Is It Correct to Say That Our Bitter Root Expectations Can Defile Others

By Amy

Is it correct to say that our bitter root expectations can "defile" others? Does John Sandford and Elijah House believe our expectations can override another's free will? [in answer to a video school student's questions]:

Student's first question:Would you please give me some synonyms for "defile" as the ministry uses the term? That might answer or clarify the following question for me.

Can we defile others by our bitter root expectancies if they do not have a sin in their hearts, such as a corresponding judgment or expectancy, that would cause them to give in to our expectancies?

Answer:The Old Testament uses the word, "defile," to describe touching unclean things or eating unclean food.  But the New Testament uses it to describe the uncleanness that defiles us from within (New Testament).  Specifically, Jesus said, "What goes into a man's mouth does not make him 'unclean,' but what comes out of his mouth, that is what makes him 'unclean' " (Mt. 15:11).  In terms of bitter root expectations, this would mean that nothing others do to us can make us unclean.  It is what comes from our hearts (our own sinful reactions to those expectations) that makes us unclean.

Elijah House has sometimes used the word, "defile," to describe another phenomenon--what happens when our expectations exert a powerful tug on another person.  We do not believe this can overcome another's free will, although it can indeed be difficult to resist.  For instance, I can expect others to reject me, and others might feel that expectancy tugging at them.  But my expectancy cannot force them to reject me; it can only sorely tempt them to.  They are responsible for whether or not they give in to that temptation.  We have sometimes called this tug, "defilement."  The use of the same word for this concept and the biblical one can be confusing.  For that reason, as I revised my family's books, I replaced this use of "defile" (the "tug" definition) with different words and phrases (see the answer to the next question).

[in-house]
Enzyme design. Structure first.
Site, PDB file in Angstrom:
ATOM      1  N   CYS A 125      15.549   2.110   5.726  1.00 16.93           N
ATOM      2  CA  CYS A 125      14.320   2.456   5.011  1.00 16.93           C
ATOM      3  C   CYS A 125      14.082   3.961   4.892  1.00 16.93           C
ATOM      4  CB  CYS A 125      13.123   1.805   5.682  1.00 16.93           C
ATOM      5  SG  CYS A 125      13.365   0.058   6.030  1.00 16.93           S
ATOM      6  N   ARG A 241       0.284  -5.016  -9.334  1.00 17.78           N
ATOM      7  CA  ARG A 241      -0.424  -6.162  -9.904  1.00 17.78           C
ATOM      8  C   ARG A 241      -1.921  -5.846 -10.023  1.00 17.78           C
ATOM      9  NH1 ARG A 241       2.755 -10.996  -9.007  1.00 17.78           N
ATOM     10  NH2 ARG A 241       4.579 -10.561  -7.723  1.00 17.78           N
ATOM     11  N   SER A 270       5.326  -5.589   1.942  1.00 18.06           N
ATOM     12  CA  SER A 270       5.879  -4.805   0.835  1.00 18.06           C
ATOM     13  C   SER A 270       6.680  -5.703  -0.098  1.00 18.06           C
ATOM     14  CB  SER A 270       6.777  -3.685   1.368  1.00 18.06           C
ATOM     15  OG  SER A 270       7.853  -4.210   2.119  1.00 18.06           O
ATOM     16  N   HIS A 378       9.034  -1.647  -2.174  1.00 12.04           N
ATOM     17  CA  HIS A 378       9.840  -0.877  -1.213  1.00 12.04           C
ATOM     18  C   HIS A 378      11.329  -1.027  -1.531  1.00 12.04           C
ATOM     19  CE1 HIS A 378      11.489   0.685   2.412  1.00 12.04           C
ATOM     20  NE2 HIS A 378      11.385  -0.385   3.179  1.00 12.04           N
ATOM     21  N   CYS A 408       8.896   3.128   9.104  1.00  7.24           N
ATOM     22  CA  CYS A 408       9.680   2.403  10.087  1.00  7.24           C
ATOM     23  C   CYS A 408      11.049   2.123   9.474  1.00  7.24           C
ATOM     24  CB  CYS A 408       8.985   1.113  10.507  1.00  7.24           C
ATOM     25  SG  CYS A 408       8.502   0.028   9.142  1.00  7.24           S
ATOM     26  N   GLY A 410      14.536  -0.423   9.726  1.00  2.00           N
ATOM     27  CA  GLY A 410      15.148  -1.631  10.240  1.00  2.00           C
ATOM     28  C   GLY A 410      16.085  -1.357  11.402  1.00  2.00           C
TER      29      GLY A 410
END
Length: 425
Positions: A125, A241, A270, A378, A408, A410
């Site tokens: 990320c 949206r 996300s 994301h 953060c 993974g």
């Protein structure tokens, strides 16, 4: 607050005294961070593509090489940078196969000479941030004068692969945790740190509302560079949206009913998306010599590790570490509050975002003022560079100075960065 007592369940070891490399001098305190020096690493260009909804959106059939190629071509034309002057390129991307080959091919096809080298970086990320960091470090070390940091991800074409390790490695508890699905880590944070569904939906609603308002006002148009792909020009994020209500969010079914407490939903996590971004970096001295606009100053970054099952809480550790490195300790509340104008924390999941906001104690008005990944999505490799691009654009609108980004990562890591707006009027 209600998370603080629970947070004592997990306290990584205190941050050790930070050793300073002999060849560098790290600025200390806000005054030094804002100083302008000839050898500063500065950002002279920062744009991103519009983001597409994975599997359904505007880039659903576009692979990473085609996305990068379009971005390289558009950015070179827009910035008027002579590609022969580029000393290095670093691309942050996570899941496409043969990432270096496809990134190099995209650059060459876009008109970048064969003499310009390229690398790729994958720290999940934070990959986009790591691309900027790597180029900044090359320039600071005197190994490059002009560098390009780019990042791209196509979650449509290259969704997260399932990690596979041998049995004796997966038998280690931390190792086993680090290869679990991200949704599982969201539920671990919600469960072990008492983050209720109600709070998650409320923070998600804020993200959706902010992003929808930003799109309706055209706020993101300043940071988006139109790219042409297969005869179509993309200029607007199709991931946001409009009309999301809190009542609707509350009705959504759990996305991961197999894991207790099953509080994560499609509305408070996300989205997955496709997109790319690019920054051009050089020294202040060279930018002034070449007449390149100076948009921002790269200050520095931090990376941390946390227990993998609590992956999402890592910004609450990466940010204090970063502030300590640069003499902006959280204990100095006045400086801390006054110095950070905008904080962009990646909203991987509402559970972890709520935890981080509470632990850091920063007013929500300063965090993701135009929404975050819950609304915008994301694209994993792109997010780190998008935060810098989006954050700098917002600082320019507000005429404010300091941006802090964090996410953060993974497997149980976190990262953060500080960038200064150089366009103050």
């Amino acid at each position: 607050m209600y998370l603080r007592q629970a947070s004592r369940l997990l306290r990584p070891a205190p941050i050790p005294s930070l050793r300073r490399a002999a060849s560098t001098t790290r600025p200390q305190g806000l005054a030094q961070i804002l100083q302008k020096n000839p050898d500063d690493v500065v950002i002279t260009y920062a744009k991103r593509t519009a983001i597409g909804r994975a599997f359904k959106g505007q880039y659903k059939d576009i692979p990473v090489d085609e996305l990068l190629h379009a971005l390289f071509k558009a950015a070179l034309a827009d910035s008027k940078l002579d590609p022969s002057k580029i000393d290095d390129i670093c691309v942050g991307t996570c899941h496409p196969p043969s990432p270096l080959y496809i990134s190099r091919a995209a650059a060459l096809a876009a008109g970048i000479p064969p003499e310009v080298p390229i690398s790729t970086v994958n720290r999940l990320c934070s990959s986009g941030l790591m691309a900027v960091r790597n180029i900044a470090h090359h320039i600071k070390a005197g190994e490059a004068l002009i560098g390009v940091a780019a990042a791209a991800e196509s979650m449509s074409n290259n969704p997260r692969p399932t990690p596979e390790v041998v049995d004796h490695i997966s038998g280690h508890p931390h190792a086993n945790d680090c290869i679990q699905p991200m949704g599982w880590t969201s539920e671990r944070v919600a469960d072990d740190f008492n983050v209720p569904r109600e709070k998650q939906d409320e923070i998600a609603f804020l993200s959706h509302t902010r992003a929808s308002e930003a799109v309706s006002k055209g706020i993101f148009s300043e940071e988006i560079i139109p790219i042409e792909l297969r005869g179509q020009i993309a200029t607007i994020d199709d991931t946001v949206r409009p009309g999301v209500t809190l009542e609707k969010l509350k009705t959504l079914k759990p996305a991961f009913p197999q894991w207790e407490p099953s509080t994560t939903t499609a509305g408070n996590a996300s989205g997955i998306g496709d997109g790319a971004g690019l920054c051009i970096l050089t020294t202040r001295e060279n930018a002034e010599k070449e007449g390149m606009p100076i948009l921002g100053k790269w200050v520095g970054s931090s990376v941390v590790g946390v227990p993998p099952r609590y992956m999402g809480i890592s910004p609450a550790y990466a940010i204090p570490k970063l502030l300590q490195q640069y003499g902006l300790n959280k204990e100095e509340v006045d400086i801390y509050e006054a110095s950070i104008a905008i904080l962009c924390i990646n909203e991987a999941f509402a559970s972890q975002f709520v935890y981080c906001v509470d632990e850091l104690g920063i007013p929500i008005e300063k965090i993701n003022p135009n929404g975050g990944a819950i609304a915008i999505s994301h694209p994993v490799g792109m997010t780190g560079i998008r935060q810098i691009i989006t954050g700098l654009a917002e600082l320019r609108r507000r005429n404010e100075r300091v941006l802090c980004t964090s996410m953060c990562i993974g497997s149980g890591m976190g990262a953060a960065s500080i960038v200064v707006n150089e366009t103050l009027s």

Student's second question:In the school session on Bitter Roots, I think John said that BRJ's have the fullness of power of law behind them and therefore can overcome another's free will.  If you look at p.30 of the manual, it says Bitter roots are NOT powerful enough to overcome the free will of another.  What is accurate?

Answer:If you question John, he will wholeheartedly agree with what is written on page 30 (in fact, he was the first one to state this!).  However, in his characteristic enthusiasm, John used to sometimes chose a word that conveyed a concept's emotional "punch," but which could leave open the possibility of misunderstanding about the word's literal meaning.  For this reason, with his permission, as I revised his books I changed the wording in passages that said our expectations can "cause" others to sin.  And I avoided the extra-biblical use of "defile," replacing it with other words and phrases.   New wording states, for instance, that our expectations "can exert a powerful tug" on others, and can thus "sorely tempt" them to sin, but not that they can "cause" anyone to sin.

One might protest that Hebrews 12:15 says that our bitter roots can indeed "defile many."  But Paul, who wrote Hebrews, would never have said anything that contradicted the teachings of Jesus.  In light of Jesus' teaching (that only what comes out of one's own heart can defile oneself), we must interpret Paul's words to mean that our bitter roots defile by tempting others into sinning of their own volition, not that they cause others to sin.

It is my opinion that in everyday speech as well, we should avoid using the term, "defile" in any way except the way in which Jesus used it, unless we take time to clarify the alternate definition.  

© Elijah House 2011 

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